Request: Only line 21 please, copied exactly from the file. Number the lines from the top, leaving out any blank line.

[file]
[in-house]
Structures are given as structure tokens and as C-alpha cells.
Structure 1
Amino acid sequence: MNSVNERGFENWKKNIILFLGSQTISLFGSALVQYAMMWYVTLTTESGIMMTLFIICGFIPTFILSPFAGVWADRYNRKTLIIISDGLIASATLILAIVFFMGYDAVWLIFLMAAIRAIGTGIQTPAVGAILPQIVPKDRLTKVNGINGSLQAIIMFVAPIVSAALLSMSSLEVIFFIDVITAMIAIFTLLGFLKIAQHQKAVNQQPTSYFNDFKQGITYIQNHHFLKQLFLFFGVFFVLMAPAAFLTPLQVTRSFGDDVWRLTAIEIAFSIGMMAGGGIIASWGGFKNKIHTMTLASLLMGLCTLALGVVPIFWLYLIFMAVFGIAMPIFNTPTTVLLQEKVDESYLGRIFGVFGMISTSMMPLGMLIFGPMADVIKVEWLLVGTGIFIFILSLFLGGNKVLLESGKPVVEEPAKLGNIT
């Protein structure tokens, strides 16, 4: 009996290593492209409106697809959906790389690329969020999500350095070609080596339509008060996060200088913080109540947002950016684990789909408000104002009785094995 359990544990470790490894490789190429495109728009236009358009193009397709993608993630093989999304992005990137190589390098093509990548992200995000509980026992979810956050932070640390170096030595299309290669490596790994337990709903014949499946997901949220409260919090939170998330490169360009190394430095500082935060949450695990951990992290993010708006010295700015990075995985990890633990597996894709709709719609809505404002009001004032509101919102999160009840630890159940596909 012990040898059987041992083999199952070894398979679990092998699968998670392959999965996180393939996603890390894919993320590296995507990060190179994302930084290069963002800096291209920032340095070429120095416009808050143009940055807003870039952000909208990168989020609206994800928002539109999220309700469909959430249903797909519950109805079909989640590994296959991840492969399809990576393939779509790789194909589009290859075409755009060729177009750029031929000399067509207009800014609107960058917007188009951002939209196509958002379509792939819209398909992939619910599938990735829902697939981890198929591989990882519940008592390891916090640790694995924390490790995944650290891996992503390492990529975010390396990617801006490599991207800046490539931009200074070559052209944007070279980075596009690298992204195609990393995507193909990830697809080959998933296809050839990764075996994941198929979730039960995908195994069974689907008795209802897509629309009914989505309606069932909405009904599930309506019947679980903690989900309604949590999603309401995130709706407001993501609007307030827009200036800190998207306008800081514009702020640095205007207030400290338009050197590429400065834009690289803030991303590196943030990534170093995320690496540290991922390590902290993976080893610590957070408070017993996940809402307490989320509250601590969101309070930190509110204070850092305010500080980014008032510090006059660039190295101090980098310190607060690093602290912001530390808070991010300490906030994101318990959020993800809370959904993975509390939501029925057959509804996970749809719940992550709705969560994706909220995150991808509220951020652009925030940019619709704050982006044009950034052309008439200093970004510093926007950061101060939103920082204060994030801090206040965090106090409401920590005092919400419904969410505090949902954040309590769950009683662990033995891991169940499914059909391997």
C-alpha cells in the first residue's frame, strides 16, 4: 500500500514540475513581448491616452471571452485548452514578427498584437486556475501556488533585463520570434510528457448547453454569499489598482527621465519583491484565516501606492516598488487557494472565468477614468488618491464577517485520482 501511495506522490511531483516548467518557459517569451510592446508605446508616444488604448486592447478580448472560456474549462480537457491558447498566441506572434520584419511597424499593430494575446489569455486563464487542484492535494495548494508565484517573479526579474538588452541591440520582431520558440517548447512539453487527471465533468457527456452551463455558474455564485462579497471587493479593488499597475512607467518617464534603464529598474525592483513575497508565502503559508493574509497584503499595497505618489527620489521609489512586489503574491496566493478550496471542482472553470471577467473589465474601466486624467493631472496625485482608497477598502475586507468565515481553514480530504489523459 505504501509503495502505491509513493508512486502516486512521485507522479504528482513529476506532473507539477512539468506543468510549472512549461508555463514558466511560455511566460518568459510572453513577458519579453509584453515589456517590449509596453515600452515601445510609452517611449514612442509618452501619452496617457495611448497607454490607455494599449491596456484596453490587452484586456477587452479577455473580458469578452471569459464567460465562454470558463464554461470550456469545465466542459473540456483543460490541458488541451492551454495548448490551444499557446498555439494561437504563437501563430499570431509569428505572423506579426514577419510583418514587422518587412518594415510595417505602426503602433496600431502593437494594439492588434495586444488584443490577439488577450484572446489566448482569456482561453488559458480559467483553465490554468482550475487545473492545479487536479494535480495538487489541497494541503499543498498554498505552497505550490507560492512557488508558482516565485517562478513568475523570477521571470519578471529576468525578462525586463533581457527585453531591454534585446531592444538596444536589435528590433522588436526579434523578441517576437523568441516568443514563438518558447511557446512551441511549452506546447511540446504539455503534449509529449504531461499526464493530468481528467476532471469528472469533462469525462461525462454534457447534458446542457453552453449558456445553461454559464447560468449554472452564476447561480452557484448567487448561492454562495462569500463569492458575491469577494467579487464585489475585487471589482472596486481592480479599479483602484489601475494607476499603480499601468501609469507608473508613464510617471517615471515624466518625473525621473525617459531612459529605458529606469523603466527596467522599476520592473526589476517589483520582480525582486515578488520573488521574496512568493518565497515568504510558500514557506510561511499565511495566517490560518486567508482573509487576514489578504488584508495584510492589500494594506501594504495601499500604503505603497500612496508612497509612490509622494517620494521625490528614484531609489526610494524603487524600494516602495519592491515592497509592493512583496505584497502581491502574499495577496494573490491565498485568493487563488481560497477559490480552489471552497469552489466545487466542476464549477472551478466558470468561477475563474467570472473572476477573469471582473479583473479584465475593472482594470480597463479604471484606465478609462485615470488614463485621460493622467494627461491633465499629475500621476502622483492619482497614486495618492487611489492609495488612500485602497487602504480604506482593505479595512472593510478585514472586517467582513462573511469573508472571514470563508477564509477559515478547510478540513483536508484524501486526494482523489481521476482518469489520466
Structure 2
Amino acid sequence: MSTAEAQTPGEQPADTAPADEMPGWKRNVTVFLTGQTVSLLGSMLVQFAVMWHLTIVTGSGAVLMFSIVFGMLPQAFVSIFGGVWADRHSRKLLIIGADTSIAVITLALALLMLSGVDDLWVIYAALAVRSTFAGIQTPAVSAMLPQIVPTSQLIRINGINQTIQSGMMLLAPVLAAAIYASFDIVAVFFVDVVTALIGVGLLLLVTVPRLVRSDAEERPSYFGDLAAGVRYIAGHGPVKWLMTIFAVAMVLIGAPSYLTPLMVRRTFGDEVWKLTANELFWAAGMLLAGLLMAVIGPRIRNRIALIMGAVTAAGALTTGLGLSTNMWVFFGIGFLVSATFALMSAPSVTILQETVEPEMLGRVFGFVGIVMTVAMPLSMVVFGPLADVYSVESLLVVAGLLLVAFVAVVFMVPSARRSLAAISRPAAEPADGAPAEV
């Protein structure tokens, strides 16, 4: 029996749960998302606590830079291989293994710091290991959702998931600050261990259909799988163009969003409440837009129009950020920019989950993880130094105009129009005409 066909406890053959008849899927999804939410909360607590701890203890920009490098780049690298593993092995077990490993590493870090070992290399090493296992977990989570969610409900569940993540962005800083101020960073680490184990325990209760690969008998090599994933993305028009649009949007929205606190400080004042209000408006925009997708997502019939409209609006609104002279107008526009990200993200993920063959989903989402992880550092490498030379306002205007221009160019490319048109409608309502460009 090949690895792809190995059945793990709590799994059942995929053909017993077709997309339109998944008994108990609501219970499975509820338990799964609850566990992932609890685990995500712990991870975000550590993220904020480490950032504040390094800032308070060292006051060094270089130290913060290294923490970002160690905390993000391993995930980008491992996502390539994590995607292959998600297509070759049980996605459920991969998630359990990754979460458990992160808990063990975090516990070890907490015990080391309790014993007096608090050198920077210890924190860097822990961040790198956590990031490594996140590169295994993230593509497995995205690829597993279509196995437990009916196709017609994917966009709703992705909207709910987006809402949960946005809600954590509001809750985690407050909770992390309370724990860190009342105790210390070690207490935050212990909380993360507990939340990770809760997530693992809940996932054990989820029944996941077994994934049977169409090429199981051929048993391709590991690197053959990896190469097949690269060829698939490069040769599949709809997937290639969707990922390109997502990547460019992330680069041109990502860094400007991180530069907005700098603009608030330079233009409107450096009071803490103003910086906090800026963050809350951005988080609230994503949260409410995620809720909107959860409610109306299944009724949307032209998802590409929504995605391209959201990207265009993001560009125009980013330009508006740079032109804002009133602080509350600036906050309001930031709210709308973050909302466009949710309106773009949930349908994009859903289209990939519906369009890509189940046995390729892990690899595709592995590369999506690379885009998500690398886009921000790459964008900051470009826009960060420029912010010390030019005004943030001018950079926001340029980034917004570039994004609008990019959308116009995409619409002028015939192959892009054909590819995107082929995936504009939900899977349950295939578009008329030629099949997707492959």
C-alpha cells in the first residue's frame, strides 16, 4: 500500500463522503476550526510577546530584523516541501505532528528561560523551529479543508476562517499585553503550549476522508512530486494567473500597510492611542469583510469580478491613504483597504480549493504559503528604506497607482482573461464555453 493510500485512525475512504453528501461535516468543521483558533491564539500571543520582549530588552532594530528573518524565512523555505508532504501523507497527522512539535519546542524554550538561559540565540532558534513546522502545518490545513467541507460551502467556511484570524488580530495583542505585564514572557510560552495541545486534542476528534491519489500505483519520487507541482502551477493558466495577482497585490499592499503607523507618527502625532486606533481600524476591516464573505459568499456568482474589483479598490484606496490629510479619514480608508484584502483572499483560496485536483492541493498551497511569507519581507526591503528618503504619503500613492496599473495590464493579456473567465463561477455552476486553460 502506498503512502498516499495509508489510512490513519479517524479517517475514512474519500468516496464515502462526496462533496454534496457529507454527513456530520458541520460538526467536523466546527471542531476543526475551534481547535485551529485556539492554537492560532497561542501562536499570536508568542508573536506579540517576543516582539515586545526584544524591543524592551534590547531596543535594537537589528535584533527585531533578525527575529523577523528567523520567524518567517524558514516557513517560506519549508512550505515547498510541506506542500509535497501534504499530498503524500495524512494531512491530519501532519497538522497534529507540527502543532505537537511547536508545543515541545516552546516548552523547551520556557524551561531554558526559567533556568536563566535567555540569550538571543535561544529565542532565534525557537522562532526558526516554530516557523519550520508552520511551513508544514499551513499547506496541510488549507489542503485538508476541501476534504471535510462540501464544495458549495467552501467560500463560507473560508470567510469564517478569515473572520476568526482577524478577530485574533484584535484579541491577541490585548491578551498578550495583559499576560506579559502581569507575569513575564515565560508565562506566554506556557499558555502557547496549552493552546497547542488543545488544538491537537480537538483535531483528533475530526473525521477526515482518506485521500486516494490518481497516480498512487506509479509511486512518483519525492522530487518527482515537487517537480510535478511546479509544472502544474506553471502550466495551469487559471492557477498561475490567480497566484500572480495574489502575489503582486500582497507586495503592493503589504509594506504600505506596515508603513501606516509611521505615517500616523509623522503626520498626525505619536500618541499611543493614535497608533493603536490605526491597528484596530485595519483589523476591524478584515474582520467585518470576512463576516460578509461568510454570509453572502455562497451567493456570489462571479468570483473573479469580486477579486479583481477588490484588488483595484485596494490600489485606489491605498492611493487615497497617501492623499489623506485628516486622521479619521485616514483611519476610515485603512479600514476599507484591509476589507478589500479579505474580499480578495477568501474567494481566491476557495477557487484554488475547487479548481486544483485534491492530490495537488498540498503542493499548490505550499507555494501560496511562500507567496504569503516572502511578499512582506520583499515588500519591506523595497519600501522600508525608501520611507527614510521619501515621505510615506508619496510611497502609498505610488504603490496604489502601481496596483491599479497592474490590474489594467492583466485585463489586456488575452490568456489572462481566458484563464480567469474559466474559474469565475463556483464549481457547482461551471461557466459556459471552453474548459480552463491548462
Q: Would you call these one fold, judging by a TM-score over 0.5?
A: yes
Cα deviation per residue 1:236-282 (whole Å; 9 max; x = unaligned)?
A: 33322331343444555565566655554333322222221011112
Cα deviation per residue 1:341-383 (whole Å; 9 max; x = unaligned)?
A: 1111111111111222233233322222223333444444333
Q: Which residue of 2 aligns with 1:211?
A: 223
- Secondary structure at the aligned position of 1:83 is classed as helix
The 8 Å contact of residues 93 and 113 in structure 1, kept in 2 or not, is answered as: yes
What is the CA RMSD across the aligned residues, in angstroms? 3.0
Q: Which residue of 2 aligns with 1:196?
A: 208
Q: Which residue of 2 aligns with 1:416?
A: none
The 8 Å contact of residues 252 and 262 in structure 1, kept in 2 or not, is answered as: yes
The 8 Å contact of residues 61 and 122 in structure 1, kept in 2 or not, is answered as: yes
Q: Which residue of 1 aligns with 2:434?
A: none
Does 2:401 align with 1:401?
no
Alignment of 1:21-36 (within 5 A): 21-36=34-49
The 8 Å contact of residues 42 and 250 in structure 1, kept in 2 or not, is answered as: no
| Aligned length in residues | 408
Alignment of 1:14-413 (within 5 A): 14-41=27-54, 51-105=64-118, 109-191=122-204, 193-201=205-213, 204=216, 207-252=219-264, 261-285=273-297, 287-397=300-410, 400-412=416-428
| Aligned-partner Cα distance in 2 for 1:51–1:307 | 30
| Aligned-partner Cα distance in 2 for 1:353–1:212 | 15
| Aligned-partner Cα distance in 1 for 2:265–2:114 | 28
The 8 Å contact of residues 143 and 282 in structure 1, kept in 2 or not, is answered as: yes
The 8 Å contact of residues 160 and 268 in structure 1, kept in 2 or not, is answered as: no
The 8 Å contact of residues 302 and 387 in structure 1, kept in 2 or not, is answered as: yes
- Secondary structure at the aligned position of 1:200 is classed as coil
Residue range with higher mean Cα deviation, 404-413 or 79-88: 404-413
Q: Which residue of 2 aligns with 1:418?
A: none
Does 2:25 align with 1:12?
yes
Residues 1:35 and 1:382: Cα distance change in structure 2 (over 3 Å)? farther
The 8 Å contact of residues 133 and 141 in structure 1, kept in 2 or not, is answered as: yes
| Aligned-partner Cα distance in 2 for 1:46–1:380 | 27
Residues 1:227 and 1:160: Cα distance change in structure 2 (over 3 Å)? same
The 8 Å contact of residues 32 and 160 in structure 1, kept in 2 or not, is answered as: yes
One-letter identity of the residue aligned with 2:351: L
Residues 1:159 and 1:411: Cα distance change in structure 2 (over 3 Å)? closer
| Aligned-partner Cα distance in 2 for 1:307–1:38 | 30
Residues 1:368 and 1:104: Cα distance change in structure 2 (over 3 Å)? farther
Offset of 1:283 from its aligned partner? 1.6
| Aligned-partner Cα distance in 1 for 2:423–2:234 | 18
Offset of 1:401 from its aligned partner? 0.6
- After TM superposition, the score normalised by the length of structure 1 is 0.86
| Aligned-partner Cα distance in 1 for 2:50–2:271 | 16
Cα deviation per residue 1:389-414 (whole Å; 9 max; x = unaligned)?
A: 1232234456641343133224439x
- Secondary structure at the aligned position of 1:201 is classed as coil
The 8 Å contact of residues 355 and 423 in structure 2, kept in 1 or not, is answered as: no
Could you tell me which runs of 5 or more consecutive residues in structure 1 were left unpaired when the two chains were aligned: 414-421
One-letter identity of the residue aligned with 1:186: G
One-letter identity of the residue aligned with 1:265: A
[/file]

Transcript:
What is the CA RMSD across the aligned residues, in angstroms? 3.0